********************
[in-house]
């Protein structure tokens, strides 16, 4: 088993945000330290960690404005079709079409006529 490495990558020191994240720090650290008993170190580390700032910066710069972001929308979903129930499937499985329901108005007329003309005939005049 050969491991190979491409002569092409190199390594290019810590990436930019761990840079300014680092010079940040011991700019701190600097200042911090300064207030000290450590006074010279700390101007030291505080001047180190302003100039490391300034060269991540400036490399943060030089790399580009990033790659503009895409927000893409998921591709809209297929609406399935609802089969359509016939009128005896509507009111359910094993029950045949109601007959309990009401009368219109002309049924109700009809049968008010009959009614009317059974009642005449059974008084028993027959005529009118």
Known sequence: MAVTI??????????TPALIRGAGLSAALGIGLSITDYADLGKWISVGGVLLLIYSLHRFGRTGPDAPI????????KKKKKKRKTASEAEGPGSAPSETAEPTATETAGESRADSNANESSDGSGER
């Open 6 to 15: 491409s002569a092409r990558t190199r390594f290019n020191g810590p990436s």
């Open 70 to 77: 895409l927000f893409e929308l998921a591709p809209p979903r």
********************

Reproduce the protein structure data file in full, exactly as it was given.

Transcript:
[in-house]
């Protein structure tokens, strides 16, 4: 088993945000330290960690404005079709079409006529 490495990558020191994240720090650290008993170190580390700032910066710069972001929308979903129930499937499985329901108005007329003309005939005049 050969491991190979491409002569092409190199390594290019810590990436930019761990840079300014680092010079940040011991700019701190600097200042911090300064207030000290450590006074010279700390101007030291505080001047180190302003100039490391300034060269991540400036490399943060030089790399580009990033790659503009895409927000893409998921591709809209297929609406399935609802089969359509016939009128005896509507009111359910094993029950045949109601007959309990009401009368219109002309049924109700009809049968008010009959009614009317059974009642005449059974008084028993027959005529009118």
Known sequence: MAVTI??????????TPALIRGAGLSAALGIGLSITDYADLGKWISVGGVLLLIYSLHRFGRTGPDAPI????????KKKKKKRKTASEAEGPGSAPSETAEPTATETAGESRADSNANESSDGSGER
């Open 6 to 15: 491409s002569a092409r990558t190199r390594f290019n020191g810590p990436s």
């Open 70 to 77: 895409l927000f893409e929308l998921a591709p809209p979903r």